Making the cut
Quebec veal processor leverages high product quality and packaging excellence to cement its industry leadership credentials and pedigree
As a healthy and tasty protein option, it is pretty tough to go wrong with veal—an important, time-honored ingredient in Italian and French cuisine since ancient times and, more recently, an increasingly popular choice among North American consumers for all the right reasons, including low fat content, subtle taste profile, buttery-soft texture, and a wealth of highly beneficial nutrients such as zinc, iron and Vitamin B12.
Naturally, this is all part of a very healthy trend for companies like the Laval, Que.-headquartered Montpak International, a vertically-integrated supplier of veal products to the retail and foodservice markets operating two Quebec-based veal processing plants in Laval and Sainte-Angéle-De-Prémont, along with North America’s largest HACCP (Hazard Analysis Critical Control Points)-certified abattoir (slaughterhouse) in St-Gérmain, Que.
Today ranking as one of the leading players in Quebec’s $500-million veal processing industry, the family-owned company—founded by Mike Buksbaum back in 1959 and now owned by the Buksbaum and Fontaine families—posted revenues of over $75 million last year, according to Montpak vice-president of operations Alex Fontaine.
Describing Montpak as a fully-fledged “field-to-fork enterprise” involved in all aspects of the veal business—including feed manufacturing, slaughtering, processing, transportation and research and development (R&D)—Fontaine points to the 2006 merger with former competitor Bellivio Transformation Inc. as a defining moment in his company’s metamorphosis into a regional industry powerhouse.
Montpak and Bellivio in fact used to share the same slaughtering facilities since the early 1990s, recalls Fontaine, “and while both companies were doing quite well, we discovered that we were both actually shooting ourselves in the foot somewhat.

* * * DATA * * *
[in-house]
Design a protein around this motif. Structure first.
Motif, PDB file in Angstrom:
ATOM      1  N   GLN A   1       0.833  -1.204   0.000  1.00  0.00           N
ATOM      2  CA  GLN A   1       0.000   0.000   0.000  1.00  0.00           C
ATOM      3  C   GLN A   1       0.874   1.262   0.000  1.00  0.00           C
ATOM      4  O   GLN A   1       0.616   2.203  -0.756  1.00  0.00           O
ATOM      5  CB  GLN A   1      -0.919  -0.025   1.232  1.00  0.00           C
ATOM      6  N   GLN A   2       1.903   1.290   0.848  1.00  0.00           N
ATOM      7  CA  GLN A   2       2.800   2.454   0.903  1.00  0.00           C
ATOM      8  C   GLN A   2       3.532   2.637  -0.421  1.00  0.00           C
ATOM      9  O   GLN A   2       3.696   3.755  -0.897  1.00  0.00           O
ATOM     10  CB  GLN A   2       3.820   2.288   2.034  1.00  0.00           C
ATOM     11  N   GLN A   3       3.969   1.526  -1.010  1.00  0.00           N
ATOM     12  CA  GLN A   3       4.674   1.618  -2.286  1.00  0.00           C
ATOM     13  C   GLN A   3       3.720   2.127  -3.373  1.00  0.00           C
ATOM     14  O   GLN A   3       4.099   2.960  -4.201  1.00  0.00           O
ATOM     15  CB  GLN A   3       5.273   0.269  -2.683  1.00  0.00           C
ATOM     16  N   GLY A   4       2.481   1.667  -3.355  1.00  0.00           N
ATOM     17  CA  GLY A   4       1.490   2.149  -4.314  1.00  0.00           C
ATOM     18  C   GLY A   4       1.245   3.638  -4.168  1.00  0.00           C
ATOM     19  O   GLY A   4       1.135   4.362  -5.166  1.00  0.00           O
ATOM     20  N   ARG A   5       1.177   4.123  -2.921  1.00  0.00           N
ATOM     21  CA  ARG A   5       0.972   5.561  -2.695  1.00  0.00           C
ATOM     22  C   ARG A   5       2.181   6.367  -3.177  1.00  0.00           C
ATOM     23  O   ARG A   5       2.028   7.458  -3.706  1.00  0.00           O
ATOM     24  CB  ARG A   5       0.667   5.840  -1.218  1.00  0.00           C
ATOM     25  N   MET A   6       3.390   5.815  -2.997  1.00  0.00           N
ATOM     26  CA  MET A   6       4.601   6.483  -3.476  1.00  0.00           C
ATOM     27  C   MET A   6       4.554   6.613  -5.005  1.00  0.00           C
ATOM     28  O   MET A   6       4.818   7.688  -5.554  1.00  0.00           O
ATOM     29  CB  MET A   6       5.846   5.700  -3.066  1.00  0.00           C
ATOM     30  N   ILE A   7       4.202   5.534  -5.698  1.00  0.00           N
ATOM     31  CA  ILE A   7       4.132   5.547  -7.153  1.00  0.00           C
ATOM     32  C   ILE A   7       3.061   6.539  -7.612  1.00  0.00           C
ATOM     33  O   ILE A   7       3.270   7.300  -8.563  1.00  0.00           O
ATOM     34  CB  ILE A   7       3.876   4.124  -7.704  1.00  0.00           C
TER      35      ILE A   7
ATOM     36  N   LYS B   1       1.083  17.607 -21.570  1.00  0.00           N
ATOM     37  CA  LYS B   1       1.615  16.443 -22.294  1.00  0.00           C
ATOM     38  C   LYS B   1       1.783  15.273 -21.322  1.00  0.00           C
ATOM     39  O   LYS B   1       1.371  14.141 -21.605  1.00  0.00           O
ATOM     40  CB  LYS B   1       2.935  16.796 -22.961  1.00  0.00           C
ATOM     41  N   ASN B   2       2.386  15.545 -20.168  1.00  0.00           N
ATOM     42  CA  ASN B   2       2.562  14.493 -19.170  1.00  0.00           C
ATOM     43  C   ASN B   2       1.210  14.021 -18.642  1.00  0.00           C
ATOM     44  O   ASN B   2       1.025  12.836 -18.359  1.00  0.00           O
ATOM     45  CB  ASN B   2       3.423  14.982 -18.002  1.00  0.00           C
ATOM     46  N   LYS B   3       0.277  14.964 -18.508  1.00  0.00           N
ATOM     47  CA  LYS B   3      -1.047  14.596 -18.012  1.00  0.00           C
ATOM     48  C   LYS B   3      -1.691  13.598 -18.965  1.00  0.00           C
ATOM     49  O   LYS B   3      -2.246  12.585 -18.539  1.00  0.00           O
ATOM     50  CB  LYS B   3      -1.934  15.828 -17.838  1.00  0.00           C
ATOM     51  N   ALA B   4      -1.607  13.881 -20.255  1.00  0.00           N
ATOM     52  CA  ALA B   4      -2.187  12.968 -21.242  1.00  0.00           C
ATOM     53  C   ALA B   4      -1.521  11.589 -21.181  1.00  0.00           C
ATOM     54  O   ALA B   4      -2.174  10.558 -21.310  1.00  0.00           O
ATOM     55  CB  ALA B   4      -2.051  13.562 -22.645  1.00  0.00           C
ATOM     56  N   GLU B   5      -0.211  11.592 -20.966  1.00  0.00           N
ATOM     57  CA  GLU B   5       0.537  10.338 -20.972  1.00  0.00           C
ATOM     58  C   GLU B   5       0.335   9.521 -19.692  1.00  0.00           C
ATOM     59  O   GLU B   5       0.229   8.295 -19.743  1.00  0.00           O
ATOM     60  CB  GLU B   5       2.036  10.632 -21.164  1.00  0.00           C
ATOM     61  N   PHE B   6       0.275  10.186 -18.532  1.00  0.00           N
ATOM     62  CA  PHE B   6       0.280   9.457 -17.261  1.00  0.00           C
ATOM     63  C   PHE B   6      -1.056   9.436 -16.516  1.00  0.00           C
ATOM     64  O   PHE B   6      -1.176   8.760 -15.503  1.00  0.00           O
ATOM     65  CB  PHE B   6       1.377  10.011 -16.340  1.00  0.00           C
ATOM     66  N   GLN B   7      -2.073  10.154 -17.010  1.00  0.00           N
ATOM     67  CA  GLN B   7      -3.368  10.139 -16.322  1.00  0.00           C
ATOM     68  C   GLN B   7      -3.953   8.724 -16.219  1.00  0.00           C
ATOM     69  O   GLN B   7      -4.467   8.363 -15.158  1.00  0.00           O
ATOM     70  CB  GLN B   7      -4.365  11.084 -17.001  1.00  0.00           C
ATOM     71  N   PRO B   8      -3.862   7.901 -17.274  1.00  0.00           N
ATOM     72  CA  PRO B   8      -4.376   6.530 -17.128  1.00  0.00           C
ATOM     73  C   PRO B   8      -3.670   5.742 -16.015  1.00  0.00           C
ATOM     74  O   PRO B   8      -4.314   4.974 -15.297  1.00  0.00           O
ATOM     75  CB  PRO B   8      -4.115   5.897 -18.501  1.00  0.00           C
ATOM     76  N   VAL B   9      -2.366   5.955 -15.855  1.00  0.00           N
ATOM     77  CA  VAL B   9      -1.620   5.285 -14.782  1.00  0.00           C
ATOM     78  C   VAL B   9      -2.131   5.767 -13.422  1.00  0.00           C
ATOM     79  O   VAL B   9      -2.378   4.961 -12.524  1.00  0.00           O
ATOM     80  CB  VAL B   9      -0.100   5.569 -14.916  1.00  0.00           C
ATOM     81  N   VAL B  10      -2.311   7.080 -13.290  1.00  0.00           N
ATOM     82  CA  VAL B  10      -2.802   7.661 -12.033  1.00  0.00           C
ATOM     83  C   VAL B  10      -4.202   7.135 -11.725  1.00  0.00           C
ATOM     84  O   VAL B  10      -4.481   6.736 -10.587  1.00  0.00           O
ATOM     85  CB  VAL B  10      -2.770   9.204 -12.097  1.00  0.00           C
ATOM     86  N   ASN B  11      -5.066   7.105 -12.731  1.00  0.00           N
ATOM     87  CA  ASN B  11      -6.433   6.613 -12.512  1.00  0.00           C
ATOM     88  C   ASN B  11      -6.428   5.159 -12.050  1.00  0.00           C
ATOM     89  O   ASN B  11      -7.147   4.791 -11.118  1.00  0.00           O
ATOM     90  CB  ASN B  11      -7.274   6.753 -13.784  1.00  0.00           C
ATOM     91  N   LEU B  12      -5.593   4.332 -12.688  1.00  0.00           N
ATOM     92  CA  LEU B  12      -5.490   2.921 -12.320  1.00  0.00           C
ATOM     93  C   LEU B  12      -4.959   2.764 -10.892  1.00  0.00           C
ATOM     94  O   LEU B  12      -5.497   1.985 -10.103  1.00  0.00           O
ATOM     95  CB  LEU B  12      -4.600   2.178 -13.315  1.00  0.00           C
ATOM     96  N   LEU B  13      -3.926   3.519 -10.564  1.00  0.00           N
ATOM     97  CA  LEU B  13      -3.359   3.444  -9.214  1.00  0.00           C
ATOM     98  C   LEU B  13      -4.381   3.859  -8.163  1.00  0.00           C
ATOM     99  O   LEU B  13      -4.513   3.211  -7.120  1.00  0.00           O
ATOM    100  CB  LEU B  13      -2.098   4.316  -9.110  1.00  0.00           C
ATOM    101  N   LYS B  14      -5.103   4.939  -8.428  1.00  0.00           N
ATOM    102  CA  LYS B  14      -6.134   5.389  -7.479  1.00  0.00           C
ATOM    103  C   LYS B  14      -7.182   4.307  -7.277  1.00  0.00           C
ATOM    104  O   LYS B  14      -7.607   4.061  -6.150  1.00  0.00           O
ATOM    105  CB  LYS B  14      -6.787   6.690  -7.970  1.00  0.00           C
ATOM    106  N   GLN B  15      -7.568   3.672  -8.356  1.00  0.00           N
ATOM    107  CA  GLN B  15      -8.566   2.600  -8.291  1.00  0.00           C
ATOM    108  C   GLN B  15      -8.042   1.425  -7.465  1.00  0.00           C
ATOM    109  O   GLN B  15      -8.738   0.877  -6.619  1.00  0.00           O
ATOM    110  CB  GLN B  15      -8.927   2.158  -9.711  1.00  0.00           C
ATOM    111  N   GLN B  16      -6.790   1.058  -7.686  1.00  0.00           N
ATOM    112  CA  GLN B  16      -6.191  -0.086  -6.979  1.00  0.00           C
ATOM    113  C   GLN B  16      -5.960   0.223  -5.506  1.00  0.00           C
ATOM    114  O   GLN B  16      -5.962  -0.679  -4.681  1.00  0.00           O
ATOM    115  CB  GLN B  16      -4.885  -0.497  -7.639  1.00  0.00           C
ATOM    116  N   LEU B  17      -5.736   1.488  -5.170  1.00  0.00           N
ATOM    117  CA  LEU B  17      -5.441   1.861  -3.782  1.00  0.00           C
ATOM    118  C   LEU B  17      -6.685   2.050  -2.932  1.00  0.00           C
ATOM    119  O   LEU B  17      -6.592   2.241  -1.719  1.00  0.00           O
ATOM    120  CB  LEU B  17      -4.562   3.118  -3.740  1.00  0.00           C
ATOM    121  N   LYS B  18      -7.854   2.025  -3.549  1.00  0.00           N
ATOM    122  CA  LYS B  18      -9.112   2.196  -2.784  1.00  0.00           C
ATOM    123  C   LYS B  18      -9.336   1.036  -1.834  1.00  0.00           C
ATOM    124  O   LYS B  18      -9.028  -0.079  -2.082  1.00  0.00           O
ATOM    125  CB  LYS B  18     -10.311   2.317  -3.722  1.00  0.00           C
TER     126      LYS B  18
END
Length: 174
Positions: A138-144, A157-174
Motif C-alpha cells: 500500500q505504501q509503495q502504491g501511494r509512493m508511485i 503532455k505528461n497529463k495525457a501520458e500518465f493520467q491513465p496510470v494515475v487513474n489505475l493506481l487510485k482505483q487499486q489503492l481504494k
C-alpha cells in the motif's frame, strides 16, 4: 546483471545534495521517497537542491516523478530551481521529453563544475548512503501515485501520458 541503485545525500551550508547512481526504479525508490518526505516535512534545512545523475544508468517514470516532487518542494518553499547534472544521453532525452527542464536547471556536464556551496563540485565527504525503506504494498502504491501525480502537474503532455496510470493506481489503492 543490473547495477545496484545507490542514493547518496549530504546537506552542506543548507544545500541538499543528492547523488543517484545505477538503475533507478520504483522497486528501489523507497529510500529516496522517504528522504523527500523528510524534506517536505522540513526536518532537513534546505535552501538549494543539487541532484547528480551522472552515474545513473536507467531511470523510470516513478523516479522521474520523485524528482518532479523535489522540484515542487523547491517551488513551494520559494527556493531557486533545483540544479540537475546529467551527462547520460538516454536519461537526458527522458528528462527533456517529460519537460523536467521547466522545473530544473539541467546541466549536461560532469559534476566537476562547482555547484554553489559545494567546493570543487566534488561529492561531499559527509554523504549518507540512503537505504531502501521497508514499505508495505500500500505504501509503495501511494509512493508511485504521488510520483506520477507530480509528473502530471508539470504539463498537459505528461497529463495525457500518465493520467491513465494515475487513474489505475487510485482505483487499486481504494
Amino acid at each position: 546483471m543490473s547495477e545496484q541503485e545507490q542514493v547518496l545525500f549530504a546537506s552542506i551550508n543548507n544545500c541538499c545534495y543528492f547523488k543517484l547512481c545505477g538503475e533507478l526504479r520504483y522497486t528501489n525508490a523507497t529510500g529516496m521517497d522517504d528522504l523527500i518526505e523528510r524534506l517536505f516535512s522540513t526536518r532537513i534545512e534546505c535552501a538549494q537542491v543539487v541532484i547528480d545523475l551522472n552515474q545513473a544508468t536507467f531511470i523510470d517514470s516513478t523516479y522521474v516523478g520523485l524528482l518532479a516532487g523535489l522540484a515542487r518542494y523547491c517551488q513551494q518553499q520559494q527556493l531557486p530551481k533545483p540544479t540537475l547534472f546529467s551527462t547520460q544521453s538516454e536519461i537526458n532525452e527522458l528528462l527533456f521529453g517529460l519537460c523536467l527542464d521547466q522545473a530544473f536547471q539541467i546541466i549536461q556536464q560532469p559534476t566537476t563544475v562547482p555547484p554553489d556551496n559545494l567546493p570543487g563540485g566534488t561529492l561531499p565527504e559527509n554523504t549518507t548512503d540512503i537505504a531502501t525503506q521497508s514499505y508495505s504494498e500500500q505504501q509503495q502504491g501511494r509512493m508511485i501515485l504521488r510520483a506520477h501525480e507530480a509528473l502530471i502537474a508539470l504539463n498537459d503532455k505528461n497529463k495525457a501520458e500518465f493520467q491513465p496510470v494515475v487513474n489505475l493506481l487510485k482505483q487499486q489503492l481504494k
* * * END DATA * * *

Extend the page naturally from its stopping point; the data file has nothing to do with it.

“Eventually, we both realized that we would be able to succeed better if we removed that element of competition between us and worked together as one entity,” Fontaine told Canadian Packaging recently, explaining how Bellivio’s strength in retail markets and Montpak’s clout in the foodservice sector quickly positioned the combined enterprise as a leading industry player.
“When we merged our two operations, Montpak became one of the biggest veal companies in all of North America,” Fontaine states.
The bulk of Montpak’s processing work takes place at the company’s federally-inspected, HACCP-certified, 75,000-square-foot facility that employs 180 workers to process over 100,000 kilograms of veal per week, Fontaine relates, adding that the company enjoys a stellar reputation for high product quality and unfailing customer service.
And unlike many veal processors who specialize either in milk-fed or grain-fed veal—the former being milder-tasting and lighter-colored than the stronger-flavored, pink-colored grain-fed variety—Montpak does both equally well, Fontaine points out.
“We take a great sense of pride in being able to offer both milk-fed and grain-fed veal to food retailers, foodservice distributors, further processors and end-users,” explains Fontaine.
“It presents choice—and choice is always a good opportunity for consumers to enjoy different veal products with unique textures and taste profiles.
“In addition to our superb, high-quality products, what also really separates us from the competition is our attention to our customers,” Fontaine asserts.
“They know that we constantly work to ensure consistent high quality in our veal that is, above all, completely safe—allowing them to concentrate on satisfying their customers.”
Adds Buksbaum: “From farm to factory, our processes are consistent with all the HACCP guidelines,” he says, “but it is of equal importance that no product will leave our plants without meeting our own high safety standards.”
While the veal industry has taken some consumer backlash in recent years as a fallout from some of the more controversial farming practices in the meat industry at large, Fontaine is adamant that Montpak is an industry leader when it comes to humane treatment of calves.
“We are the first veal company in North America to be awarded the ‘Humane Certification’ by the American Humane Association for our NaturReserve Certified Grain-fed Veal program,” Fontaine states, citing Montpak’s use of the production monitoring services of Agri-Traceabilitié Québec to identify each animal’s origins and movement throughout its integrated supply chain—ensuring strict health surveillance from farm to slaughterhouse in order to safeguard the health of the herd, as well as the consumers.
Retailing at most major retail chains throughout Canada and the U.S., Montpak’s products comprise three main popular brand families, including:
• International Selections—fully-cooked entrées like its Veal Roll and Veal Parmigiana;